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Macedonia’s Political Crisis Turns Violent, Lithuania Runs Military Drills Around LNG Terminal

Plus, another opposition leader is sentenced in Azerbaijan and Hungarian xenophobia is highest in more than a decade.

by Barbara Frye, Ioana Caloianu, Evgeny Deulin, and Casper Frederiksen 7 May 2015

1. Macedonia’s wire-tap scandal morphs into street violence

 

A taped recording that Macedonia’s opposition says proves the government covered up the circumstances of the beating death of a man in 2011 sparked violent demonstrations in Skopje this week, the BBC reports.

 

Gordana Jankuloska
The protests began peacefully on 5 May, with thousands of Macedonians gathering in front of the parliament building to demand the resignation of Interior Minister Gordana Jankuloska and the government, Balkan Insight reports. But events degenerated when “violent groups” joined in, one local journalist told the BBC.

 

Some rights groups accused the police of using excessive force, beating up activists, and using tear gas, water cannons, and stun grenades, Balkan Insight writes in a separate report. But Jankuloska said police had reacted after protesters beat them with metal bars and threw stones, bottles, and eggs, the Associated Press reports.

 

The recording that spurred this week’s events purportedly reveals that the government sought to blame one rogue, off-duty Interior Ministry police officer for the beating death of 22-year-old Martin Neskovski in 2011.

 

Jankuloska described those claims as “monstrous” and accused opposition leader Zoran Zaev, who has been releasing a steady stream of such damaging tapes, of exploiting the young man's death for political gain, according to AP. The government insists the “tapes were cut, edited, and created by unnamed ‘foreign secret services’ ” in order to destabilize the country, according to Balkan Insight.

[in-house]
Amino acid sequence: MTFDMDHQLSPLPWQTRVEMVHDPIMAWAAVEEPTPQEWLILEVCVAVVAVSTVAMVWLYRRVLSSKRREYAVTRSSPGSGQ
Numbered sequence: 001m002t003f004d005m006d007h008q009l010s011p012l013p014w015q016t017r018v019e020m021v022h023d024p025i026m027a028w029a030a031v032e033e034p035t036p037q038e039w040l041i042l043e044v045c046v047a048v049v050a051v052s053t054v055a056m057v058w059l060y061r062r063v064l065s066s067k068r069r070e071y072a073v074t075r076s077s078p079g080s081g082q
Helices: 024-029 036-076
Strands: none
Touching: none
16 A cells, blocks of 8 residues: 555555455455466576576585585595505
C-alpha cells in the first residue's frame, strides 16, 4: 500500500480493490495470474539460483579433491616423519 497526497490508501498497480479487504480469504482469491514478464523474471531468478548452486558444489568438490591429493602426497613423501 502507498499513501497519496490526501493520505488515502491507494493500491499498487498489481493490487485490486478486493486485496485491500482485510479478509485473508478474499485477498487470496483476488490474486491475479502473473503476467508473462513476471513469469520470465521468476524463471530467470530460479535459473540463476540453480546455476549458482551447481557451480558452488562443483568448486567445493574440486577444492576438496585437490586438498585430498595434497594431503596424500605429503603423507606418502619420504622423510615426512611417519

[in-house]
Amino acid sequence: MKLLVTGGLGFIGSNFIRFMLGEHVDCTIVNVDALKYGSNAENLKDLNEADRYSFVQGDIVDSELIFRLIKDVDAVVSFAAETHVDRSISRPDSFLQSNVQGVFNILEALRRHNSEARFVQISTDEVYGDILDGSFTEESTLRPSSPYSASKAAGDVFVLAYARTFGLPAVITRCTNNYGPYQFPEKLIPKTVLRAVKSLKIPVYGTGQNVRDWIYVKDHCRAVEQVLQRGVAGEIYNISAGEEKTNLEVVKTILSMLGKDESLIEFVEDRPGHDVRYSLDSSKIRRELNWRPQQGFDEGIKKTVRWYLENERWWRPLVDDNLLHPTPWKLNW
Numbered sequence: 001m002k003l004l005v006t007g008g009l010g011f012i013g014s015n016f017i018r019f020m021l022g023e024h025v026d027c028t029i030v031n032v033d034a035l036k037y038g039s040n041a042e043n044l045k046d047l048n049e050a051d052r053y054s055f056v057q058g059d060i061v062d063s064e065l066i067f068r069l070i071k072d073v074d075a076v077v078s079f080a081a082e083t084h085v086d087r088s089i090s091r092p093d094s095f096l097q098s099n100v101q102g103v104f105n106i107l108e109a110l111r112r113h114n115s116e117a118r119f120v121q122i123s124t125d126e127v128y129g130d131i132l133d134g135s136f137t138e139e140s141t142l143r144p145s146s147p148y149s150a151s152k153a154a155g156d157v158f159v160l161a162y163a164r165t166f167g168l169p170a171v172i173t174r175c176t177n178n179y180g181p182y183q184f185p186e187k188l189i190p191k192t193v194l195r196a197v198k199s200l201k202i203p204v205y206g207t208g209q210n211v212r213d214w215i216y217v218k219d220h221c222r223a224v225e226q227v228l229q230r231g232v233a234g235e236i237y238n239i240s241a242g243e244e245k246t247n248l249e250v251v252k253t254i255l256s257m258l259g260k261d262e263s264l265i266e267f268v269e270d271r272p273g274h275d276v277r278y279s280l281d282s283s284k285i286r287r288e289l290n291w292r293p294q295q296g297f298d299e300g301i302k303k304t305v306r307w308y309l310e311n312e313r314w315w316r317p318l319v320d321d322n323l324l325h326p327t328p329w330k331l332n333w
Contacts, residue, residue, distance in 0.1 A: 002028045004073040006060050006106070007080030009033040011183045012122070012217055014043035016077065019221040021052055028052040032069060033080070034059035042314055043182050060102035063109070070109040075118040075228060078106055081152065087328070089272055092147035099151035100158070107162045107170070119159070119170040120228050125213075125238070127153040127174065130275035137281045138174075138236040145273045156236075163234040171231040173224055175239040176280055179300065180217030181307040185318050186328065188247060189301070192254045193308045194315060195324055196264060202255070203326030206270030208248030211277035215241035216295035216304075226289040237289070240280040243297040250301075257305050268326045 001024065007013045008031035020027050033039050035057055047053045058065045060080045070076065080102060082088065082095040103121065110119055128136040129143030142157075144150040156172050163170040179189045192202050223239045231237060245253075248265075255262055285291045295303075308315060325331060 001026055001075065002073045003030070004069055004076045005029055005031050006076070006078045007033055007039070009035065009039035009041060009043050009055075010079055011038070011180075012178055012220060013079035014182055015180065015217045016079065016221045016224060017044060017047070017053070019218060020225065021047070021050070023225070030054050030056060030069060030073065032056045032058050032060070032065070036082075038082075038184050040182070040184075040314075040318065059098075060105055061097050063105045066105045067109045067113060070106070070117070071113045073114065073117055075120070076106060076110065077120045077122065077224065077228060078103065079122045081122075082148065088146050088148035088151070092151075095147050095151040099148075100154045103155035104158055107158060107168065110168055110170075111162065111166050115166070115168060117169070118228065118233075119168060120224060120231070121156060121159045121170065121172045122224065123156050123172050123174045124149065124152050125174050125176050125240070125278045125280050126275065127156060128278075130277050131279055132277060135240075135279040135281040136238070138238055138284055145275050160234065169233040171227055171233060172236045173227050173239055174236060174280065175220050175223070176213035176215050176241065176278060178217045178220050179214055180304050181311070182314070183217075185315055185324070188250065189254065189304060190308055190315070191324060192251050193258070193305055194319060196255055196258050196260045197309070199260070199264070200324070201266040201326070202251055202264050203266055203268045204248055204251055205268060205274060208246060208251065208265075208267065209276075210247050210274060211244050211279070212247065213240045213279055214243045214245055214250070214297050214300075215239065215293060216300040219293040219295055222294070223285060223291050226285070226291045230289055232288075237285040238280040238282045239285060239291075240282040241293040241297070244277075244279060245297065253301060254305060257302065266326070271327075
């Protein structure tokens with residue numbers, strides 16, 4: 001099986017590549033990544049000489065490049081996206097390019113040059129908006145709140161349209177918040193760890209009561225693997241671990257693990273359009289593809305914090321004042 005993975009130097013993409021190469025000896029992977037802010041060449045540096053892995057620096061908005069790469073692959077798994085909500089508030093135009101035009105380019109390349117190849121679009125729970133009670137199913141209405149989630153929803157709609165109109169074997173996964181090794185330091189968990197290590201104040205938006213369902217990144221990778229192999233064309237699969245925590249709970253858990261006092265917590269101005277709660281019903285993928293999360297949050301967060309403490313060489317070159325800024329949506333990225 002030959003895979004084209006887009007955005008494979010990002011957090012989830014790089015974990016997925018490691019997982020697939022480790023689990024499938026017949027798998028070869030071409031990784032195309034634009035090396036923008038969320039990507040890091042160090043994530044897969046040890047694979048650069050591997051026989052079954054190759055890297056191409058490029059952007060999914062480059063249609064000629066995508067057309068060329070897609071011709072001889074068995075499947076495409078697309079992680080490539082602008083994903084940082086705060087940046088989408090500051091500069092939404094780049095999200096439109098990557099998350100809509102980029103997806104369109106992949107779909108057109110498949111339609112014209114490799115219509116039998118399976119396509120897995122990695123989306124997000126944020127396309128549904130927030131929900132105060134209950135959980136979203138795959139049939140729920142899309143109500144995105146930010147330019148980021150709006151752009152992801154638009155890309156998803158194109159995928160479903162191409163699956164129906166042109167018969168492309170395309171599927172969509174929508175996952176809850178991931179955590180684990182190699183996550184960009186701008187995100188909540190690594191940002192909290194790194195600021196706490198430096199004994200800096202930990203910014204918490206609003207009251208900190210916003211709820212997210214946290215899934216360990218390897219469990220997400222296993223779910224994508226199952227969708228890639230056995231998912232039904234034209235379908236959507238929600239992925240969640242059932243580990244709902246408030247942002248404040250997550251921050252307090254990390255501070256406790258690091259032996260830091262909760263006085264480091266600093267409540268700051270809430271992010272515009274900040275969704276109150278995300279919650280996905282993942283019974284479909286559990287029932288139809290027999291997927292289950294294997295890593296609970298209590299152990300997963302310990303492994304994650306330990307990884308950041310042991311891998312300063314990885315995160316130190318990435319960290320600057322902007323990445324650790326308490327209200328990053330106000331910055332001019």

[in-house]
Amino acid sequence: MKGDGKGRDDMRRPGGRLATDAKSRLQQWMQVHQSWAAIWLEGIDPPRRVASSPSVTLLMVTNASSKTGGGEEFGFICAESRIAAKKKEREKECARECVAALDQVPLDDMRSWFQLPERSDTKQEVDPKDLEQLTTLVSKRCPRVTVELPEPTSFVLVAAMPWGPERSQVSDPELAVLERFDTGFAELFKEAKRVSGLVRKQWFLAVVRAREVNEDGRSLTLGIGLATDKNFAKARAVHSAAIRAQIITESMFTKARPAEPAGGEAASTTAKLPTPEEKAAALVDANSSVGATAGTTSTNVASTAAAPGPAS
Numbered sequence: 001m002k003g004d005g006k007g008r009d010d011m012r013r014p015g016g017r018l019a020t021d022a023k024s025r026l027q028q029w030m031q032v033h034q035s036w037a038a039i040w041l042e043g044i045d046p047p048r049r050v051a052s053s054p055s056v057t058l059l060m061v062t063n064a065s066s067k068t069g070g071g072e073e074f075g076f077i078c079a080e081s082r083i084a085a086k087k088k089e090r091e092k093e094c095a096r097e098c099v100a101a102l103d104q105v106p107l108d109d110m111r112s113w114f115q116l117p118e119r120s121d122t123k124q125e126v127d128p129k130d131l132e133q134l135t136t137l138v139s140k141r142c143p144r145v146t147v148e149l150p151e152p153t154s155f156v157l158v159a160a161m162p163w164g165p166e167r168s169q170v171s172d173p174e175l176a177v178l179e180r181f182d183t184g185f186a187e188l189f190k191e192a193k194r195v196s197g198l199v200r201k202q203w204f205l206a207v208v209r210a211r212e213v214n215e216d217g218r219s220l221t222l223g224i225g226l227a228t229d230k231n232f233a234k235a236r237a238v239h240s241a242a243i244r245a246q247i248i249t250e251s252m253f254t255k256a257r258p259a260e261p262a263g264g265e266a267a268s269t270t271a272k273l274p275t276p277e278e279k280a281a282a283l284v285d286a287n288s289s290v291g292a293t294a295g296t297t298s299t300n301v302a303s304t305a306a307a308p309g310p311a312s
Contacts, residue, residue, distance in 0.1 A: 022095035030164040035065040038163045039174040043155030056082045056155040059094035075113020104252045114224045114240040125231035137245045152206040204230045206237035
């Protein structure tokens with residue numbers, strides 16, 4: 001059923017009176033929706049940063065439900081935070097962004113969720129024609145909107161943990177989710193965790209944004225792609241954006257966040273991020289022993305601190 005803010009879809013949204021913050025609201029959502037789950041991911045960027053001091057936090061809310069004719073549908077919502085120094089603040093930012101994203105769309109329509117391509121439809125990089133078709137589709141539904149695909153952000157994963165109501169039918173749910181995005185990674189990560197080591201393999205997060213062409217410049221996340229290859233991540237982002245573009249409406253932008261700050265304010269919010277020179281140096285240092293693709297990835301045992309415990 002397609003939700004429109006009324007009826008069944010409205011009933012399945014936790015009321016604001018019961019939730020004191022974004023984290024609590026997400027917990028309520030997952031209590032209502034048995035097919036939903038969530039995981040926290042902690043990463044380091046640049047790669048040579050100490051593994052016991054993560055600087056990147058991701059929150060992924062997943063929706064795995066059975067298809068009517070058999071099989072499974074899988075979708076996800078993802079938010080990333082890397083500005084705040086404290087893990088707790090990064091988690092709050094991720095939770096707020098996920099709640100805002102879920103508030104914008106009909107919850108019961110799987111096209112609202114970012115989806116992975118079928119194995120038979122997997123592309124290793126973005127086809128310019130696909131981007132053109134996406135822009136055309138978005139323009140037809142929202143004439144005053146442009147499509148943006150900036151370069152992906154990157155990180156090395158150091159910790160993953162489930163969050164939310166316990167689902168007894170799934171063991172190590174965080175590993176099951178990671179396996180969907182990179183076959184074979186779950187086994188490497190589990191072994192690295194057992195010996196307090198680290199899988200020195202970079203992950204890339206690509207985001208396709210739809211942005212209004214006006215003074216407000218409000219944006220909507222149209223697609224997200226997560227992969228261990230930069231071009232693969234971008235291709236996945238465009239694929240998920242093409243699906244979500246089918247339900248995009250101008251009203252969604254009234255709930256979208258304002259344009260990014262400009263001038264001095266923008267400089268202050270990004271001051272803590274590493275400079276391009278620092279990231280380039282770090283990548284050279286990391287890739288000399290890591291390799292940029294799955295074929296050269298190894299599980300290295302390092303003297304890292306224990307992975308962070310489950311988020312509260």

Neskovski’s death led to weeks of unrest, the website writes.

 

On 6 May, protests resumed on the streets near the government building, which have now been blocked by police, but didn’t see the same violent ending as the previous day, Balkan Insight reports.

 

2. Lithuania runs military exercises to guard gas facility

 

Lithuania’s military has launched exercises simulating an attack on a liquefied natural gas platform that officials say is aimed at fending off actions similar to Russia’s annexation of Crimea, Reuters reports.

 

The 3,000 troops involved in the exercises will deal with a simulated explosion in a pipeline connected to the terminal, anchored at the Baltic Sea port of Klaipeda, while protesters circle the terminal in small boats, according to the news agency.

 

In addition, the soldiers will face armed groups who seize “local government buildings, weapons stockpiles, and airports to form a separatist government,” Reuters reports.

 

 "We try to learn from the Ukrainian and Crimean situation. ... We're not fearing anybody,” Lithuanian President Dalia Grybauskaite told Reuters.

 

The terminal itself, named Independence, was set up last year to wean the Baltic country off of Russian gas supplies and is a symbol of Lithuania’s efforts to insulate itself from decisions made at the Kremlin.

 

The Lithuanian exercises come as the Baltic countries report increased detections of Russian military aircraft and seagoing vessels near their borders. In January, Zbigniew Brzezinski, a former national security adviser to U.S. President Jimmy Carter, warned a U.S. Senate panel that Russia could seize Riga and Tallinn in “one day.”

 

Meanwhile, NATO is carrying out its largest anti-submarine exercises this year in Norway’s North Sea waters. Craft from 11 countries are taking part, with submarines trying to approach ships undetected in a simulated attack.

 

3. Azerbaijan jails opposition leader who exposed corruption

 

An opposition leader has joined a growing list of government critics, activists, and journalists sentenced to prison in Azerbaijan.

 

Faradj Kerimli was sentenced to six and a half years in prison after being convicted of “large-scale narcotics dealing,” Radio Free Europe reports.

 

Kerimli is described variously as the deputy chairman of the opposition Musavat party or the deputy chairman of its youth wing. He ran the party’s social media pages, which his lawyer said he used to expose corruption in the regime of President Ilham Aliev, RFE reports.

 

Kerimli was detained in July while taking his mother to the doctor, Caucasian Knot reported at the time. His brother, Siraj Kerimli, had been arrested on charges of drug possession a week earlier.